Sunday, 2 November 2014

Pilsener and the Swedish general strike of 1909

It was just in Britain where momentous events took place in 1909. There was also a general strike in Sweden.

Like the British general strike of 1926, it ended in total defeat for the trade unions. But even worse, restrictions on the sale of alcohol were introduced:

Comedian Acts as Amateur Tramcar Conductor.
One consequence of the great Swedish strike is that no punch has been sold in Stockholm for ten days.

Those who know Sweden, says a correspondent of The Times significantly, can realise what this means.

A few tramway cars are running, many of the drivers being volunteers. Among the new conductors is one of the best-known comedians in the town.

The daily papers, according to this correspondent lost but one day, emergency hands having produced editions which, sold at double the usual price, show by their many misprints that amateur compositors have been at work on them.

Journeymen bakers have joined the strike, but the master bakers are doing their best, and bread of some sort is still obtainable.

But nothing has created such a change as the sudden prohibition by the State of the sale of spirits. In every hotel and cafe posted the legend, "No spirits to served until further notice;" while another order has been issued to the effect that no Pilsener, vermouth, or wine is to be served except with at least sixpennyworth of cooked food.

All the wine merchants' shops are closed, and Stockholm is undergoing the new sensation of enforced temperance. What the ultimate effect of this will be is a matter of much speculation.

Many people are finding that they can spend quite enjoyable day or evening with nothing more potent than coffee or lemonade to take the place of the seductive Swedish punch or brandy liqueurs.

But the immediate consequences are patent. The town very quiet, the cafes are nearly empty. There is no drunkenness, no brawling, and no noisy arguments.

The quays, the river, the bays, the rocks are lined with fishermen, and in many cases actually shoulder to shoulder accumulating little heaps of perch and bream and the other fishes peculiar the brackish waters of the fiords of the Baltic.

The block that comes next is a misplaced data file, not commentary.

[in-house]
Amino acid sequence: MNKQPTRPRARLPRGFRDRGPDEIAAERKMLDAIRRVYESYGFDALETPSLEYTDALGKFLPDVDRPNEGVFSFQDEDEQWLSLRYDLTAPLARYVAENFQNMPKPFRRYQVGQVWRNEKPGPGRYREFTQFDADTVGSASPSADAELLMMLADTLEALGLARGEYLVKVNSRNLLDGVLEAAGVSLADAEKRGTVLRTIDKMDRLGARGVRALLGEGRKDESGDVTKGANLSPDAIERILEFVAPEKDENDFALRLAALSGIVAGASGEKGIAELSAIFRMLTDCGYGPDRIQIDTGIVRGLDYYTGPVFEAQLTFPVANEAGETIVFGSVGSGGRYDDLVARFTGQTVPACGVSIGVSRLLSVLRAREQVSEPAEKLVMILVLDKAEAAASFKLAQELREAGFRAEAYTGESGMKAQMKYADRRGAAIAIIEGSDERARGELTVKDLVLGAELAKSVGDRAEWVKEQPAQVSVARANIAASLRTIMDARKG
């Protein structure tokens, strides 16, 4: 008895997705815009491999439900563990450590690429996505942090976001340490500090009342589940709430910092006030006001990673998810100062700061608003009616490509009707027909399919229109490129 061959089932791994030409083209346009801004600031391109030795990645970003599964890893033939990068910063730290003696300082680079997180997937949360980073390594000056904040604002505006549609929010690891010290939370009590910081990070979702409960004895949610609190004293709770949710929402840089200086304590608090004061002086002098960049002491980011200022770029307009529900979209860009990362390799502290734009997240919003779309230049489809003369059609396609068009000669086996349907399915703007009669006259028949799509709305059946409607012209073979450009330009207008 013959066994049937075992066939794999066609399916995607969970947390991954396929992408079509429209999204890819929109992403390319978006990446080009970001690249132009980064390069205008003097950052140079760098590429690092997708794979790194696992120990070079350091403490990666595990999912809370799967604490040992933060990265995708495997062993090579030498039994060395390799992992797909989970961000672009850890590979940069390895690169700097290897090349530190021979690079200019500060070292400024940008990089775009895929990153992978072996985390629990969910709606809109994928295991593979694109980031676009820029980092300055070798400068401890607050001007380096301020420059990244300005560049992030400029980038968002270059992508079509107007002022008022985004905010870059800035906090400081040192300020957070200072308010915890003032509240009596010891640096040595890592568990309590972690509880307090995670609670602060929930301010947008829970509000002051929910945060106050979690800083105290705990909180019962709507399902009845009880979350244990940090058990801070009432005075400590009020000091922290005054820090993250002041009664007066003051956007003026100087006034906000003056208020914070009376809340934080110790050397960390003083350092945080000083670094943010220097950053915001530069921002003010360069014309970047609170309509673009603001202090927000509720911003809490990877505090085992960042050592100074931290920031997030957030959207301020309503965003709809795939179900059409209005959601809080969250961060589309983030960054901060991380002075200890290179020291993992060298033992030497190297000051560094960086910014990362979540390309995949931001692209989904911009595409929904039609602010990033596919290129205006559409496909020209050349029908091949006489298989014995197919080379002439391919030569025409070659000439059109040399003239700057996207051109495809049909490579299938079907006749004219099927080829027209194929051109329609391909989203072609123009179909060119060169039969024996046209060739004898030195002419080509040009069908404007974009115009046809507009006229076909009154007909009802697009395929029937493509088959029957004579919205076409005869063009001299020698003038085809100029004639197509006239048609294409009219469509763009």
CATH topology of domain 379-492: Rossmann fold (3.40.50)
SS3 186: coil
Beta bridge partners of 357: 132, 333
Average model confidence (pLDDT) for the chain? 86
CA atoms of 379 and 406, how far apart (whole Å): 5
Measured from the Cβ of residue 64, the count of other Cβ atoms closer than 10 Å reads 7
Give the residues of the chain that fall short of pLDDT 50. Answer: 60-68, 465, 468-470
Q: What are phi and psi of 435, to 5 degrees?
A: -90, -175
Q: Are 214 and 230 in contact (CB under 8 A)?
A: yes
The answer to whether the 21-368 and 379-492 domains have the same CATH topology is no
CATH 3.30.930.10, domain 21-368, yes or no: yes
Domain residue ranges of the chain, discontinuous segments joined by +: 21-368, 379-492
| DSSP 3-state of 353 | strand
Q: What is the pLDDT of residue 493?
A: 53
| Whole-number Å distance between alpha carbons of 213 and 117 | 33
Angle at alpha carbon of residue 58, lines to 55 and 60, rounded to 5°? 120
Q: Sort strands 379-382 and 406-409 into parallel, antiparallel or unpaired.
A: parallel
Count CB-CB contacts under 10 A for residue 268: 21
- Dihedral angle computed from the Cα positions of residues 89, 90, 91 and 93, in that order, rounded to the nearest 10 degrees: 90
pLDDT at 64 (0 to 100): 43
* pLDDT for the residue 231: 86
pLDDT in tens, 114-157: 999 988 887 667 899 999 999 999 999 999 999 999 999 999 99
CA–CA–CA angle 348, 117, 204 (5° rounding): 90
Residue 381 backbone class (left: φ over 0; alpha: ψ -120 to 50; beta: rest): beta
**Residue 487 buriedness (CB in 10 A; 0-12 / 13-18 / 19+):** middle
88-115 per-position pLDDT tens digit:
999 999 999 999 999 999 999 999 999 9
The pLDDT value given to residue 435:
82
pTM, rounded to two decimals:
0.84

Of this precautionary edict prohibition the leaders of the strikers approve, even they were not actually it originators, for they have done much to render the huge strike organisation as orderly as possible by picketing the town and assisting the police."
Dundee Evening Telegraph - Wednesday 18 August 1909, page 2.

Was this the start of restrictions on the sale of alcohol in Sweden? Note that at the time there were still wine merchants. Hang on. I can look up when the Systembolaget came into being.

I found a nice overview of Swedish legislation regarding alcohol wholesaling and retailing on the Systembolaget website:

Swedish alcohol legislation
Year legislation
1905 Riksdagen (the Swedish Parliament) orders all vodka sales to be handled via special companies.
1914 Compulsory ration books and individual rationing comes in with the establishment of AB Stockholmssystemet.
1917 AB Vin & Spritcentralen is formed, taking over all wholesaling activities.
1919 Compulsory rationing is introduced throughout Sweden and the local Systembolaget companies also acquire a monopoly in wine sales.
1922 Referendum on total prohibition. – 889,000 vote for and 925,000 against.
1955 The ration book is abolished and the regional Systembolaget. Companies are merged into one nationwide retailing company..
1957 Riksdagen votes to introduce blacklists and the compulsory showing of identification..
1969 The minimum age is lowered from 21 to 20 years
1977 Blacklists are abolished..
1991 Systembolaget’s first self-service store opens in Filipstad.
1994 The European Commission accepts Systembolaget’s monopoly in alcohol retailing.
1995 Vin & Sprit AB’s monopoly is dismantled and Systembolaget acquires 159 suppliers, instead of one.
Systembolaget website

I can well remember the shock of first going into a self-service Systembolaget. It seemed so . . . . normal. Just like shopping for everything else. If you've only ever lived in Sweden a French supermarket must come as a shock with aisle after aisle of every kind of booze.


Ed said...

The white terror!

Magnus Bark said...

It doesn't tell much about beer, does it?

Let's see if I can get the numbers right, all alcohol levels are in ABV:

1922 - Beers stronger than 4 % are banned.

1952 - Beers stronger than 3.5 % are banned (the strongest beer had in reality been weaker during the 40's due to barley shortage).

1955 - Starköl (strong beers) 3.6 % - 5.6 % are introduced at Systembolaget.

1965 - Mellanöl (medium beers) 3.6 - 4.5 % are introduced at supermarkets.

1977 - Mellanöl are banned from the supermarkets. 3.6-5 % beers are in reality impossible to sell due to the tax system.

1992 - Beers 3.6 % - 4.5 % got a new tax category and are now sold at Systembolaget.

1995 - Sweden joins the EU. The ban on beers stronger than 5.6 % is removed. A new tax category (0 %) for 2.8 % beers is introduced.

J. Karanka said...

I moved from Finland to Spain when I was four years old. I still remember the faces of older finns when they saw that you could buy a litre of 96% alcohol for cleaning in any corner shop.